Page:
Working from home as a parent


Working from home means you can arrange your paid work hours to give you more time with your child(ren) in the morning or evening, while cutting out the expense, time and faff of commuting. Of course, due to the coronavirus outbreak, many people have been required to work remotely. While this might be a difficult adjustment for some, it's worth making the effort to get comfortable. Especially as, in future, these temporary measures could have a permanent effect on how employers run their businesses.

However, anyone who thinks work-from-home roles involve lazing around in pyjamas and eating cake at 11.30 on a Wednesday morning could not be more wrong. Most work-from-home (WFH) parents say they work twice as hard during the hours when they're at their desks, without so much as a tea break or a chat around the water cooler.

The 5 golden rules for working from home

As with working in an office, there is definitely a best-practice code of conduct to follow when it comes to working from home. Here are Mumsnet's top tips for a productive WFH day:

1. Be disciplined and don’t faff

If you wouldn’t abandon a client report to go and do the vacuuming at work, there's no need do it when working from home.

2. You need childcare

You wouldn’t let the kids run riot around the office and you certainly won’t be doing yourself any favours if you do this at home during working hours.

If your children are currently at home because their schools are closed, you may have to get more creative. Scheduled reading time, free play and even sticking them in front of the TV occasionally won't harm anyone, and may give you some quiet time to get through your to-do list. If you're stuck for ideas, Mumsnet users are on it - take a look at their ideas to keep pre-schoolers entertained at home, or the sister thread for children at secondary school.

Of course, if you have one, you can get your partner on board. If you're both currently working from home, you may be able to sort out a childcare schedule between you. 

3. Get a proper work space and be disciplined about starting and finishing on time

As well as needing to shut ‘home’ away and concentrate on work during working hours, it's important to be able to switch off at the end of the working day.

4. Set firm boundaries

Make sure you let everyone around you (including your own children) know that you are working from home so you don’t become the default childcare provider/free café and counselling service/post office box for everyone this side of Hull. And make sure your mum knows you won’t be able to answer non-work calls during working hours (barring an actual emergency).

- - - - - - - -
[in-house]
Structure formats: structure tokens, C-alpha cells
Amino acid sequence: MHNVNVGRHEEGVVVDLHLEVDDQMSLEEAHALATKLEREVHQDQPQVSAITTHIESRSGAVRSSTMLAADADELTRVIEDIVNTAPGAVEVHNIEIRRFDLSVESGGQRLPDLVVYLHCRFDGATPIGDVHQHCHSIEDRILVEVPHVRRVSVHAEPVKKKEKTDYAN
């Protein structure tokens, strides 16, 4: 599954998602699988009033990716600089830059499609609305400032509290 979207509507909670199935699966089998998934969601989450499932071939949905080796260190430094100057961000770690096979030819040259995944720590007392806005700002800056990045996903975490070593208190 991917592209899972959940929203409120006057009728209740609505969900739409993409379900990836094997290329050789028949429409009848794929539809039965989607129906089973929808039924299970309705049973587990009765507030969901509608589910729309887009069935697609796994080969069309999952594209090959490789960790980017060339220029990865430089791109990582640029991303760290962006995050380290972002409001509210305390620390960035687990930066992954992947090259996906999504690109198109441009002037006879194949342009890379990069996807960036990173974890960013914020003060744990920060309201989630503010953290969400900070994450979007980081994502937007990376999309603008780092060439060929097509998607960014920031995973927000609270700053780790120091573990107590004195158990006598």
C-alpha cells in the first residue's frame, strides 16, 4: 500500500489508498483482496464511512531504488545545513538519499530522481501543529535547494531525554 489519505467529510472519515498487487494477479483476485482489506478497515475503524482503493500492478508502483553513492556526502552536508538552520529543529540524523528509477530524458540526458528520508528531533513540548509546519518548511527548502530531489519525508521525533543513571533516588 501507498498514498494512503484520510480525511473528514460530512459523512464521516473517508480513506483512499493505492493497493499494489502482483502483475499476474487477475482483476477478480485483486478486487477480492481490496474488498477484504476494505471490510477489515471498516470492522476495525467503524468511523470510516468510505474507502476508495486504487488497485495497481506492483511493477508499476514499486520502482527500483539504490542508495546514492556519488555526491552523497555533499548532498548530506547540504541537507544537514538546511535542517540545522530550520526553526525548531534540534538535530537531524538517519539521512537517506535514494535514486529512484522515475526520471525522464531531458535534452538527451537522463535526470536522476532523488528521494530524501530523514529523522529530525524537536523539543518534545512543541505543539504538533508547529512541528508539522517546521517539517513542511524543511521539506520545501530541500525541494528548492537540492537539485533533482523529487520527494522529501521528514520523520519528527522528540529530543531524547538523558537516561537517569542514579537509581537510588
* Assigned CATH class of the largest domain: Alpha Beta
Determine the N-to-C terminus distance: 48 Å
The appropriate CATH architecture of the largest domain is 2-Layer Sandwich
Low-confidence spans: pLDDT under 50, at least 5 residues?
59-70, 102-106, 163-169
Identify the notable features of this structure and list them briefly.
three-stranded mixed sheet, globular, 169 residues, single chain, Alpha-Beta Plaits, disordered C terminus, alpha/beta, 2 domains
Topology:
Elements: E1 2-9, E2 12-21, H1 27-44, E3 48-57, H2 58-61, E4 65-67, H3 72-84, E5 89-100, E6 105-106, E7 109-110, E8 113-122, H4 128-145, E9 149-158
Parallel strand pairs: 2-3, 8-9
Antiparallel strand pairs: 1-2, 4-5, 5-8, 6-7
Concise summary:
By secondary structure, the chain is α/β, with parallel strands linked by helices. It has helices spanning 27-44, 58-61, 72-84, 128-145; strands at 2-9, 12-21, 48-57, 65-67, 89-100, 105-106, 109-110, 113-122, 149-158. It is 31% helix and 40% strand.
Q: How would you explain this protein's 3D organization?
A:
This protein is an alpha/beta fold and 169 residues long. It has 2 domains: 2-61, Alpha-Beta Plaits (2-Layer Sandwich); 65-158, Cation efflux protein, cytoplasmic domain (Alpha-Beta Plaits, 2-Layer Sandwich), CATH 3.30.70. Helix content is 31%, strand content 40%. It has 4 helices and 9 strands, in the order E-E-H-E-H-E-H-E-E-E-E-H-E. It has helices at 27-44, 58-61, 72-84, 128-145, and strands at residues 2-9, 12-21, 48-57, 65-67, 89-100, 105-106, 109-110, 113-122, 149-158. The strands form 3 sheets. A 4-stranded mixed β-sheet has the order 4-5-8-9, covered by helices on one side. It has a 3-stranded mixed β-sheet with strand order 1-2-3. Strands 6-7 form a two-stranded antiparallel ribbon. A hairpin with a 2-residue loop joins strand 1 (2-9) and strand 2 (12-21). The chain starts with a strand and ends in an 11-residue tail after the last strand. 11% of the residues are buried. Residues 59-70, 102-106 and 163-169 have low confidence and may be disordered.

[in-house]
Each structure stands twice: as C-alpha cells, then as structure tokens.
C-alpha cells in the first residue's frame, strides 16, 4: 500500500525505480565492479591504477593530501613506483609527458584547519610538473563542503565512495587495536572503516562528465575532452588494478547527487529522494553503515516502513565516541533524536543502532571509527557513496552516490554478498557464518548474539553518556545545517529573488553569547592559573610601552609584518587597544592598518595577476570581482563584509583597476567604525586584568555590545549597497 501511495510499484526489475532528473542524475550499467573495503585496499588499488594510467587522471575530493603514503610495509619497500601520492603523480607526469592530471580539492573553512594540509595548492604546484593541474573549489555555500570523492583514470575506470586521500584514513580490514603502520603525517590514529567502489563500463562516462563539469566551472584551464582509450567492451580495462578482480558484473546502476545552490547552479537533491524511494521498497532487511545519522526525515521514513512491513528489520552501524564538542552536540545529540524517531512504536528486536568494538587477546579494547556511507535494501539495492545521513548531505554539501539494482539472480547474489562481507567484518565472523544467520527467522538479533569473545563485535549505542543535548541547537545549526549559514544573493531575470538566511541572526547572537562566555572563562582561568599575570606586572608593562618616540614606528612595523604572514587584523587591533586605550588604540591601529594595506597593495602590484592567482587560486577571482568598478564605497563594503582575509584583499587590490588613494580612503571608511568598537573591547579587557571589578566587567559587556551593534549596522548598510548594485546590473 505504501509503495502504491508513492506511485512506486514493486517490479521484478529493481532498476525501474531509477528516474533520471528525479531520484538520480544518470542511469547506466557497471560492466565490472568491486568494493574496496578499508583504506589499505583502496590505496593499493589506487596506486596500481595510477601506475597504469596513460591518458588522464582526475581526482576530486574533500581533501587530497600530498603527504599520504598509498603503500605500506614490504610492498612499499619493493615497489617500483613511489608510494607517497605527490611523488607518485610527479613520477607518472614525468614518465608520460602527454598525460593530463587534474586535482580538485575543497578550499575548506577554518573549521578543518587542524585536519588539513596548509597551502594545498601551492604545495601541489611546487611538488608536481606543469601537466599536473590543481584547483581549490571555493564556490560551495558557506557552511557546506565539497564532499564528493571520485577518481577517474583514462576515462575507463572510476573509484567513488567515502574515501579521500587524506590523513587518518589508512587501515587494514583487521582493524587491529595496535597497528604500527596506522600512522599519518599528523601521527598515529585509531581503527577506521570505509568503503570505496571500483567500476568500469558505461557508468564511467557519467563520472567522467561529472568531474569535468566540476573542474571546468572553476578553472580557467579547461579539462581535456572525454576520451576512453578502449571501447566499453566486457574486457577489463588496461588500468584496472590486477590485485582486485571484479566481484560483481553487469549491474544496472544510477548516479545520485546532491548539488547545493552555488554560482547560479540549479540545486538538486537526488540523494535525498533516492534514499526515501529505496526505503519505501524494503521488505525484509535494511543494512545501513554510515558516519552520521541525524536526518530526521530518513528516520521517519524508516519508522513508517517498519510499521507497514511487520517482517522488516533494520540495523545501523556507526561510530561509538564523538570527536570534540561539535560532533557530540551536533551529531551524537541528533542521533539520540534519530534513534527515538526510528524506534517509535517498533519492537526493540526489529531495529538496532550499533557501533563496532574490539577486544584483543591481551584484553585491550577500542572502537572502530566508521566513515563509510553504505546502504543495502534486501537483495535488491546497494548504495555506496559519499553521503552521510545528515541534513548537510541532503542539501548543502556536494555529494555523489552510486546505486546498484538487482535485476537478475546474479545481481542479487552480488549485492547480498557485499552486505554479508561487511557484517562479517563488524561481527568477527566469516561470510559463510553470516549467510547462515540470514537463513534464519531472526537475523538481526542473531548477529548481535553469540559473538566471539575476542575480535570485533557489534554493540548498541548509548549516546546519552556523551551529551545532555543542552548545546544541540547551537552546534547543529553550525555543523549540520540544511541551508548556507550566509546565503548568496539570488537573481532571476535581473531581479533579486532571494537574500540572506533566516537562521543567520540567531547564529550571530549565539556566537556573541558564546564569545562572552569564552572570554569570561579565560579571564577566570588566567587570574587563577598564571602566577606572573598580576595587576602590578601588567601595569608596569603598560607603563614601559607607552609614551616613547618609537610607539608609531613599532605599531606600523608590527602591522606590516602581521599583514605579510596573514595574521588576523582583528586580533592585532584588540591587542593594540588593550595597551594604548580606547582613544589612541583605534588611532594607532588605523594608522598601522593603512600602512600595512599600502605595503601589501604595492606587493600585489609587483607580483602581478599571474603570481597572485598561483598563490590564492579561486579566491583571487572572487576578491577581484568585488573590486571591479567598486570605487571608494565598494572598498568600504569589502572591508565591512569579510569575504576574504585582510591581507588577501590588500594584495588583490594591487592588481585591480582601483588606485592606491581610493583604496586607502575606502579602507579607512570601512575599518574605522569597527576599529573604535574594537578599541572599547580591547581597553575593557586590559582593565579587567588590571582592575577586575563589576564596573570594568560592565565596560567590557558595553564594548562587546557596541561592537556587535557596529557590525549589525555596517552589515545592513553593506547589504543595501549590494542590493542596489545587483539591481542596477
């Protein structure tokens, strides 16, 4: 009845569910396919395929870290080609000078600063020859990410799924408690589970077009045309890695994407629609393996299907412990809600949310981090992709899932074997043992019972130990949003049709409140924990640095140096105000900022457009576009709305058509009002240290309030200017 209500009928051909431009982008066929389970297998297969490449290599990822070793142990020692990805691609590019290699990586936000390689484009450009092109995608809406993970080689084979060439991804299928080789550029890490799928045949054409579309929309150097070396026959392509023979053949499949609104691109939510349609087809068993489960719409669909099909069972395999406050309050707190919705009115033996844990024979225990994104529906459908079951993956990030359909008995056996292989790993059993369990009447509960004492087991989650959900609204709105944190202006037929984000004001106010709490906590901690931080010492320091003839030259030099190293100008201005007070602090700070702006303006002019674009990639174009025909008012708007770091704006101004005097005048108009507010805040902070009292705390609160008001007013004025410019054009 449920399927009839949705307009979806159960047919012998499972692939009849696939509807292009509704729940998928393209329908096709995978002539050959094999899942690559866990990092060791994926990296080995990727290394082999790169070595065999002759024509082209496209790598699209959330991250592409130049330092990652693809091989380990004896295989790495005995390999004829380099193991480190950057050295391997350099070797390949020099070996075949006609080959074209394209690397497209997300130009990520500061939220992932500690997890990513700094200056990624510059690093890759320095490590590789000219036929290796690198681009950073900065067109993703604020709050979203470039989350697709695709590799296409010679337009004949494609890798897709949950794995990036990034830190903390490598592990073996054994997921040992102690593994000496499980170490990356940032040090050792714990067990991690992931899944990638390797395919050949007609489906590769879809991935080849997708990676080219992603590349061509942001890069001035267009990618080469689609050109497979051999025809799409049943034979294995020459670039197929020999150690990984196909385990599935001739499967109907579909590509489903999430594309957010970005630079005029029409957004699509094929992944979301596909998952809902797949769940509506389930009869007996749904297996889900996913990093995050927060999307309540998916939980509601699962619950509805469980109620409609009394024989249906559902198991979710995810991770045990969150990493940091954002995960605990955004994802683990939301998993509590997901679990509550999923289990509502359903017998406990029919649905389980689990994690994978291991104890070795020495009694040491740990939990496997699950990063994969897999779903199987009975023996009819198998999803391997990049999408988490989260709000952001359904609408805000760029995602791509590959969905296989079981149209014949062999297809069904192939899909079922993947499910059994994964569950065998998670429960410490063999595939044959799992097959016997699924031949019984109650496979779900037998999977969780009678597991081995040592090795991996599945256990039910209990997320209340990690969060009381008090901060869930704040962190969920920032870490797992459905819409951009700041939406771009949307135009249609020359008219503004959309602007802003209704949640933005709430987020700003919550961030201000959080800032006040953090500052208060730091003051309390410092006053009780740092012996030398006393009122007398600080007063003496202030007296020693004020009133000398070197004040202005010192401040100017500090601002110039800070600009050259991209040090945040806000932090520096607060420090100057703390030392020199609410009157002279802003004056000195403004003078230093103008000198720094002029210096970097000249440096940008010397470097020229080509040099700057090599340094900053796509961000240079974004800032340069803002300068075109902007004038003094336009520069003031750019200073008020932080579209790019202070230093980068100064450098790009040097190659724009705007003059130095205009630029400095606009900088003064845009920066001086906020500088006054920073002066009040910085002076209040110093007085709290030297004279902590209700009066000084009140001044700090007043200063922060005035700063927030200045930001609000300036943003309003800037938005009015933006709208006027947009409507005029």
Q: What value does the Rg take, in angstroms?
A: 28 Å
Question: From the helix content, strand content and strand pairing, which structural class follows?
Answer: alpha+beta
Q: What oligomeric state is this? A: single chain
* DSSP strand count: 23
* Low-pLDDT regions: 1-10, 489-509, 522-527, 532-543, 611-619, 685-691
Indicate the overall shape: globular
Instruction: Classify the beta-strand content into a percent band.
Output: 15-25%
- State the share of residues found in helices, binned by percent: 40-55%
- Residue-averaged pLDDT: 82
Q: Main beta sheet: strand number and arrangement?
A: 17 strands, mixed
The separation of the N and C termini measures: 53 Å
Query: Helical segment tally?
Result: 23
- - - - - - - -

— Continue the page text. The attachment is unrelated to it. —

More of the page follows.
5. Give yourself a break

And by that we mean a proper lunch break, time away from your screen, and generally cutting yourself some slack. These are difficult times and you might not be performing at your usual pace. Find out what works for you in your new schedule and try not to be too hard on yourself - it will get easier!

Related: The best online courses


Can I ask to work from home?

More and more employers are embracing the idea of working from home as a way of helping parents return to work after having a baby, or to make childcare easier for them. When it goes well, it can be an arrangement that really makes life simpler for working mums and dads.

If you think your role could be done from home (the authorities tend to take a dim view of open-heart surgery performed in the living room, and it's going to be hard to excel as a sales assistant) you can make what’s called a “Statutory Application”, as long as you have worked continuously at the company for the last 26 weeks. Some companies will allow you to make a flexible working request even if you haven’t been there for 26 weeks, but that is at your employer’s discretion.

“Being based at home is ideal as I get to hang out with my daughter until 9am and then see her at lunchtime and am here for her when she gets home in the evenings.”

You’re allowed to make one request a year and permission should not be unreasonably withheld – that means there must be a business case for it being declined. When putting in your request, make sure that you present it as a business case and bone up on your company’s HR policy. Put yourself in your boss’s shoes and be prepared to be as flexible with them as they are (hopefully) with you.

If you think your request has been unfairly declined, you can appeal the decision and if you’re still unhappy with the result after attempts at conciliation you can take your employer to a tribunal, according to ACAS.

Is working from home right for me?

At first glance, the advantages of WFH seem obvious. Here are a few of the benefits of having your office chez tu.

  • You lose the commute. This must be the biggie – not just the time but also the money saved on the commute. If you commute for even just half an hour to work, that’s five hours a week you’ll get back. You can also kiss goodbye to juggling multiple cups of coffee and sippy cups, as you’ll no longer have to multitask the commutes to work and nursery.
  • Greater flexibility of hours. Some employers will allow you to be flexible with your working hours, as well as your work location. This means you might be able to do the school pick-up, for example, and work after they’ve gone to bed for fewer distractions (in theory). Or you could take your child to an appointment in the middle of the afternoon without having to book an entire day off work. No need to settle for part-time working.